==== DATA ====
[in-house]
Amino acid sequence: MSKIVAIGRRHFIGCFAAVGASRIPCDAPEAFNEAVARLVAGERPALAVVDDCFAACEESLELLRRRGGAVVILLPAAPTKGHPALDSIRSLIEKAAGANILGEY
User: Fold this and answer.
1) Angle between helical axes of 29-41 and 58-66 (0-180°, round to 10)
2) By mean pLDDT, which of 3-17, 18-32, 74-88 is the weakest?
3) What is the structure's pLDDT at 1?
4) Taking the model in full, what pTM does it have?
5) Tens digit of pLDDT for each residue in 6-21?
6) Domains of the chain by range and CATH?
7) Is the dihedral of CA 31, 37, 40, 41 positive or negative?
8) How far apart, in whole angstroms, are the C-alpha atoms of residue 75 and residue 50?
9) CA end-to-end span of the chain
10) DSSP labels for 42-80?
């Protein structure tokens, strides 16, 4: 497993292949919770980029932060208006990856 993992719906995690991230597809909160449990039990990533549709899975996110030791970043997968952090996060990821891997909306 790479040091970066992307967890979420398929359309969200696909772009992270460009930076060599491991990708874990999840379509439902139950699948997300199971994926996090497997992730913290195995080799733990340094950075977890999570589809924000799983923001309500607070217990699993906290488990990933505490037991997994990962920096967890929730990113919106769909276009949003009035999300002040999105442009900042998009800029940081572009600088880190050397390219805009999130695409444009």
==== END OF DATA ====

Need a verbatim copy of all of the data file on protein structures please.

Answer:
[in-house]
Amino acid sequence: MSKIVAIGRRHFIGCFAAVGASRIPCDAPEAFNEAVARLVAGERPALAVVDDCFAACEESLELLRRRGGAVVILLPAAPTKGHPALDSIRSLIEKAAGANILGEY
User: Fold this and answer.
1) Angle between helical axes of 29-41 and 58-66 (0-180°, round to 10)
2) By mean pLDDT, which of 3-17, 18-32, 74-88 is the weakest?
3) What is the structure's pLDDT at 1?
4) Taking the model in full, what pTM does it have?
5) Tens digit of pLDDT for each residue in 6-21?
6) Domains of the chain by range and CATH?
7) Is the dihedral of CA 31, 37, 40, 41 positive or negative?
8) How far apart, in whole angstroms, are the C-alpha atoms of residue 75 and residue 50?
9) CA end-to-end span of the chain
10) DSSP labels for 42-80?
């Protein structure tokens, strides 16, 4: 497993292949919770980029932060208006990856 993992719906995690991230597809909160449990039990990533549709899975996110030791970043997968952090996060990821891997909306 790479040091970066992307967890979420398929359309969200696909772009992270460009930076060599491991990708874990999840379509439902139950699948997300199971994926996090497997992730913290195995080799733990340094950075977890999570589809924000799983923001309500607070217990699993906290488990990933505490037991997994990962920096967890929730990113919106769909276009949003009035999300002040999105442009900042998009800029940081572009600088880190050397390219805009999130695409444009």